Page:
What is quartzite?
Quartzite is a naturally occurring metamorphic rock. It forms when quartz-rich sandstone is subjected to extreme heat and pressure. Under these conditions individual quartz pieces will recrystallize giving it a beautiful and decorative often marble-like pattern. The interlocking crystalline structure of quartzite makes it a hard, tough, durable rock. The stone is quarried and sawn into slabs which are later precisely cut to become countertops.
Quartzite is an increasingly popular choice for homeowners and interior designers. Its sophisticated good looks make it a top contender for everything from kitchen countertops to feature walls.
One of the main benefits of quartzite is that many of the varieties have a similar look to marble, but require much less maintenance, so it can be a good option for consumers who would like marble countertops but want something sturdier. Quartzite is a naturally strong and durable stone which is relatively heat resistant. For some people, it’s the only surface that they would ever consider due to its incredible beauty and strength.
Quartzite forms in a range of colors. In its purest form it’s white like marble, but can have impurities in it that lead to some incredible patterns and colors. Natural, earth-toned hues are the most commonly seen. Quartzite can also be found in various other color options, such as blue, green, pink or red. The color variation depends on several factors such as the amount of iron oxide present, the region the stone comes from and the age of the stone. Some quartzites even have translucent properties and can transmit light like onyx.
Quartzite is not indestructible and should be sealed to help protect the surface from stains. Sealing is typically applied initially by the installer when the quartzite is first installed, and should be re-applied periodically after that, generally about every 5-15 years depending on the sealer used. As with all natural stone surfaces, spills should be wiped up as soon as possible.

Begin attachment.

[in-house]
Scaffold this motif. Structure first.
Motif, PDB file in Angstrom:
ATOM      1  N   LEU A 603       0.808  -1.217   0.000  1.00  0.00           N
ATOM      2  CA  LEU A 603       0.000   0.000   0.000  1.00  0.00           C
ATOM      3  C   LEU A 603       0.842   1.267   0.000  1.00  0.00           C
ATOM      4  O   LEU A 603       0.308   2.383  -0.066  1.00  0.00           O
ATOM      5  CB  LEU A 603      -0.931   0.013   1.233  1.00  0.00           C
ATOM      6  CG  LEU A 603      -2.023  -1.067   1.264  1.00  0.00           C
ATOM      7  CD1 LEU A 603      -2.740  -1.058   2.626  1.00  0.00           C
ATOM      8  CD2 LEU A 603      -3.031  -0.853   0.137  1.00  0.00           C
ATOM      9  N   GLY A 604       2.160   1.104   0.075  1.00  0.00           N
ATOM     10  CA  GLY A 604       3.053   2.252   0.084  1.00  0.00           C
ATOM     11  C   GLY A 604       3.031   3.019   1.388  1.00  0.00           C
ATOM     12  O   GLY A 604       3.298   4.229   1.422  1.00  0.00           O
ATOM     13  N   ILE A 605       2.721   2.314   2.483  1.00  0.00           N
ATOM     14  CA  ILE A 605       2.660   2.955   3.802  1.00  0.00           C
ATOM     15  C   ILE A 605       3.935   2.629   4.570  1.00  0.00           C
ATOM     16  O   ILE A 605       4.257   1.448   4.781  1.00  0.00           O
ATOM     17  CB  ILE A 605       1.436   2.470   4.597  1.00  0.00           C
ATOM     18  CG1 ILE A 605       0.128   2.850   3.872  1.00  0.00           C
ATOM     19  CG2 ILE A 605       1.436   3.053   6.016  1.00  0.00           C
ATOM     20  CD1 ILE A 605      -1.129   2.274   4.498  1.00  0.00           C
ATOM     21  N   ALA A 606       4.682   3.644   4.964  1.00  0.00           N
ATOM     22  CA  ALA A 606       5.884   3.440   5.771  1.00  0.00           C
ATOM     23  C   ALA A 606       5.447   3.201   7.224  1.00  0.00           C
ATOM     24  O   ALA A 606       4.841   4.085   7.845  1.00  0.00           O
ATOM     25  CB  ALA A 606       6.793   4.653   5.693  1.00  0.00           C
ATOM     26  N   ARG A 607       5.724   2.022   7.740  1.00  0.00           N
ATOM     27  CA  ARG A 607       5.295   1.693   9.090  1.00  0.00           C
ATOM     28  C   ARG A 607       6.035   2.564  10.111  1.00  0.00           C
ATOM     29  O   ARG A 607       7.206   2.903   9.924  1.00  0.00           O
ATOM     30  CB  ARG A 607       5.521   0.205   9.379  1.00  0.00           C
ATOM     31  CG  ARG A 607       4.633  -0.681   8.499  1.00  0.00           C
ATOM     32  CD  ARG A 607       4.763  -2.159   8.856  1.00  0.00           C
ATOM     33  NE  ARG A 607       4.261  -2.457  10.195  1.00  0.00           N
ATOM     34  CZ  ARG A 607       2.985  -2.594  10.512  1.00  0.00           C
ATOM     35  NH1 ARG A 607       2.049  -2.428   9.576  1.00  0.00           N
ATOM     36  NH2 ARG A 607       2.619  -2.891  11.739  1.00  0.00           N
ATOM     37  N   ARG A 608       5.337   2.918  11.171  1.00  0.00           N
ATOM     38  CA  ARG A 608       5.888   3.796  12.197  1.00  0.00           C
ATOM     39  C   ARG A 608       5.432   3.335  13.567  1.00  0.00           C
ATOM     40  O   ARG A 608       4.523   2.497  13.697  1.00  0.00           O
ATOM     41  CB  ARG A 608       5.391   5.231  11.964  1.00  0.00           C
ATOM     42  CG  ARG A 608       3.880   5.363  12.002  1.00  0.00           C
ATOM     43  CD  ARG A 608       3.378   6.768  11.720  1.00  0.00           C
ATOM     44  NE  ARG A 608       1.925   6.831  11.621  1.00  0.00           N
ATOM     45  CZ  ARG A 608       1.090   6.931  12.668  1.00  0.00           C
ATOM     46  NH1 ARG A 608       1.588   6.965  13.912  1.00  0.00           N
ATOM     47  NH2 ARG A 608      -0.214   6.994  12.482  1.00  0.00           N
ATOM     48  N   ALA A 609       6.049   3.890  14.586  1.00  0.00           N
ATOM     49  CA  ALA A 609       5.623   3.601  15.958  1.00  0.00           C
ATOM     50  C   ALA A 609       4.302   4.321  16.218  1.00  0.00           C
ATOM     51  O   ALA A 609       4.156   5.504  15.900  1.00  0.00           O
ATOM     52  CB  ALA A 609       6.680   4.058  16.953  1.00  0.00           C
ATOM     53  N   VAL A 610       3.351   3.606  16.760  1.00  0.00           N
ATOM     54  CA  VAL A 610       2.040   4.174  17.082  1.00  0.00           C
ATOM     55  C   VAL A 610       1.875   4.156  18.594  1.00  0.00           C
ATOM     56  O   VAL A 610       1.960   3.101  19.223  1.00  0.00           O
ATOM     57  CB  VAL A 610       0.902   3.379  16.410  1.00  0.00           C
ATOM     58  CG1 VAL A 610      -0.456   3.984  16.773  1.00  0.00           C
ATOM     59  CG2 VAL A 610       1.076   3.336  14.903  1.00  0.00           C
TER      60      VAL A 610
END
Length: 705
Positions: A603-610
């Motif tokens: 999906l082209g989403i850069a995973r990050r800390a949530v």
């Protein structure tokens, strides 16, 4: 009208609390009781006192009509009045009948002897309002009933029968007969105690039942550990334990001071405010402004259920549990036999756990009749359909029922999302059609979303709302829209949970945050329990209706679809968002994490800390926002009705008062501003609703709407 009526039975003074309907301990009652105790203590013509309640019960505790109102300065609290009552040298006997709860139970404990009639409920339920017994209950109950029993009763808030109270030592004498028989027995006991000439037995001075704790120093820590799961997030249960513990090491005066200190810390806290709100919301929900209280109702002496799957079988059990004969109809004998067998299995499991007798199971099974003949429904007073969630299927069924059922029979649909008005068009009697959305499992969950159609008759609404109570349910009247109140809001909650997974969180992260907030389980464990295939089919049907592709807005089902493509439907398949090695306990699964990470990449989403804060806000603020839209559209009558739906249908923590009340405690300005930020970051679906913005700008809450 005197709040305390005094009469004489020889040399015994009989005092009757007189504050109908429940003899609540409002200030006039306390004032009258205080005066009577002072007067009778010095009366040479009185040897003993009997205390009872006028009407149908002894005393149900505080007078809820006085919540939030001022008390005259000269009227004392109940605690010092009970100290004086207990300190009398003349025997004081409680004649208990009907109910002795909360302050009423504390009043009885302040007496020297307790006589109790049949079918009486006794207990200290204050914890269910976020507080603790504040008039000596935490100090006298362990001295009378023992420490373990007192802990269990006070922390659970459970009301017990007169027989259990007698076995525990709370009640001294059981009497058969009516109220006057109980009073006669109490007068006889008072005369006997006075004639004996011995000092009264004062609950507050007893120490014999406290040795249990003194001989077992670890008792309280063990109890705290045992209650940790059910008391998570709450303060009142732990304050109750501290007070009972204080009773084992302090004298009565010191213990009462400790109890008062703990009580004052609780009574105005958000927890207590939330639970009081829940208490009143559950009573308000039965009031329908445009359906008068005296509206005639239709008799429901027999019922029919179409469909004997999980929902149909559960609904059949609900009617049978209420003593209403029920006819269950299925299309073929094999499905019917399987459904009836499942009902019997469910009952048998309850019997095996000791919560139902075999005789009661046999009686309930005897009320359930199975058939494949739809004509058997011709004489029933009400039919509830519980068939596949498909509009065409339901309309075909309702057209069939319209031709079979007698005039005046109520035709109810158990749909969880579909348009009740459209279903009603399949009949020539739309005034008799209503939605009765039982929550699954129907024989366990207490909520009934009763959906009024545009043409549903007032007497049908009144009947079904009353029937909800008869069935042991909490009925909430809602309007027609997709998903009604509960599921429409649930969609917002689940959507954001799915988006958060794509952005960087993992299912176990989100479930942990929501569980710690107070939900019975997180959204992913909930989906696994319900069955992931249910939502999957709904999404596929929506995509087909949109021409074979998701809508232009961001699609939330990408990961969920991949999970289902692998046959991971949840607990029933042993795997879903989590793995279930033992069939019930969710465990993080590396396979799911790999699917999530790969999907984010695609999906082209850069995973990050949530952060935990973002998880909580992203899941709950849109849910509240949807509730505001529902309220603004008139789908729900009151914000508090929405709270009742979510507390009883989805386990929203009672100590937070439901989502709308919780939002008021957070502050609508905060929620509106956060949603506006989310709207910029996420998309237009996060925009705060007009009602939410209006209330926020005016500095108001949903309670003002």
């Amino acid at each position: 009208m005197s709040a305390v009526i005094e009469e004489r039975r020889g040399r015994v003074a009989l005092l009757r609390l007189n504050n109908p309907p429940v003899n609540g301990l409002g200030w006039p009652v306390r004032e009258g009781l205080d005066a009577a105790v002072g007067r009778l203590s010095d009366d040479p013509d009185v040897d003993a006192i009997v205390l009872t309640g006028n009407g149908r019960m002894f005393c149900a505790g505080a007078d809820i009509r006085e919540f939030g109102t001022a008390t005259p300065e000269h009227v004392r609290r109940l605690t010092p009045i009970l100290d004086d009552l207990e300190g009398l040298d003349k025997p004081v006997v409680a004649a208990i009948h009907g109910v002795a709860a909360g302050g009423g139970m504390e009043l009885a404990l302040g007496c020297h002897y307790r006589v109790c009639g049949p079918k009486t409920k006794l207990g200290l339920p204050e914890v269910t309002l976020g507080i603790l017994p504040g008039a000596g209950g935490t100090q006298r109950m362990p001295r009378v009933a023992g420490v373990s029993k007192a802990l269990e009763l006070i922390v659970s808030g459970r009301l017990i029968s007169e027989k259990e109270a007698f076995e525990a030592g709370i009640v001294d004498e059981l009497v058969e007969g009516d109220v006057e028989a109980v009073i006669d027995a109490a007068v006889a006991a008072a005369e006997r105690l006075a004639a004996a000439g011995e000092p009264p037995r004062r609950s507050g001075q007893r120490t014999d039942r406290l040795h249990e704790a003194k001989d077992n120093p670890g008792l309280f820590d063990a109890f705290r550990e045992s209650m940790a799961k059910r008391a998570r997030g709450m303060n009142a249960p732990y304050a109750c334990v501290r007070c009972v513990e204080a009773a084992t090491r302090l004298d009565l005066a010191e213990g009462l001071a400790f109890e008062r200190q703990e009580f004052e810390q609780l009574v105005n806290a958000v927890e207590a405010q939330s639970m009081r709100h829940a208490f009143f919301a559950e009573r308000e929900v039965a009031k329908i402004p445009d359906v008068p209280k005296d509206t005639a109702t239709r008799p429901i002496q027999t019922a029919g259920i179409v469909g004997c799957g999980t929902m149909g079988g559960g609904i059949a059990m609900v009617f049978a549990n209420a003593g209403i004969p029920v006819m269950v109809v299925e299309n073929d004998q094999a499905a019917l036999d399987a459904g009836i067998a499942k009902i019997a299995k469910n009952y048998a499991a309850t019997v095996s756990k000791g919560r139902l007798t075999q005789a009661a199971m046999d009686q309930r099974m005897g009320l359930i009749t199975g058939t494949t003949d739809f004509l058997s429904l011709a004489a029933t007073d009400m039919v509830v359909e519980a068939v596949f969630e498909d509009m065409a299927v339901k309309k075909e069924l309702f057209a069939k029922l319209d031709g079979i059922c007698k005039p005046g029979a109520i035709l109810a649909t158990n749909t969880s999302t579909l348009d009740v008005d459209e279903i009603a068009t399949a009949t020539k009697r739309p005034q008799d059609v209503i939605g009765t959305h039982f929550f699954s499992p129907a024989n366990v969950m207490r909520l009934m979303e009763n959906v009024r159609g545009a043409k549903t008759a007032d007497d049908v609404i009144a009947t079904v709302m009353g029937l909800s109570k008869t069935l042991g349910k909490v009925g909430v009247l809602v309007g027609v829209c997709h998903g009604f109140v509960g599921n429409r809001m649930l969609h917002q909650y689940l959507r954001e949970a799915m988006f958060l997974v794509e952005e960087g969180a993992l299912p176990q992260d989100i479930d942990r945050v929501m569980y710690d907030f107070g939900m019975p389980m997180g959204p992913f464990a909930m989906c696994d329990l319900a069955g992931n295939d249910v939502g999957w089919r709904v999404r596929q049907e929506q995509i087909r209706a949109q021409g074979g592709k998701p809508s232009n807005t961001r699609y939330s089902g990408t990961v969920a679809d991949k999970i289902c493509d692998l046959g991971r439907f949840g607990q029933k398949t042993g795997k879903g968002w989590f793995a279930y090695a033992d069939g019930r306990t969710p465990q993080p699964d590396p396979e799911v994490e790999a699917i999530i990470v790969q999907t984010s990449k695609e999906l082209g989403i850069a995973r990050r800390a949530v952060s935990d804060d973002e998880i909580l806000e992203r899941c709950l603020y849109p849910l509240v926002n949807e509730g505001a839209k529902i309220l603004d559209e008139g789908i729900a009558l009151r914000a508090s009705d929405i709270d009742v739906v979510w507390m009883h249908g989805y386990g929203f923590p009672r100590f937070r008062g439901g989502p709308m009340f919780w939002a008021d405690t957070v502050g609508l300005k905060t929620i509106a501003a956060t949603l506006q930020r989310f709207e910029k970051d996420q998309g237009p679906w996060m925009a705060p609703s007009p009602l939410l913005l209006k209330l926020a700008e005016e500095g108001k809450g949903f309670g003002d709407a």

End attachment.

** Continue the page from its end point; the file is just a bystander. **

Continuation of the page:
Quartzite is a term that is used quite loosely in the stone industry because it is sometimes used to describe stone that are closely related to dolomites and marbles. It’s important to know if the stone you’ve selected is a “soft” or “hard” quartzite. Be sure to check with an Intrepid associate or your fabricator for specific information.
Here are some popular quartzites, and the categories they fall into:
- Hard quartzite: Cielo, Sea Pearl, Taj Mahal, White Macaubas, Nacarado
- Softer quartzite: Super White, Austral Dream, Fantasy Brown
Visit the Intrepid Marble and Granite showroom to view a large variety of hand-selected quartzite slabs from around the world, and receive expert advice and assistance from our team. Alternatively, view our selection online
*Click on an image for a direct link to our available inventory!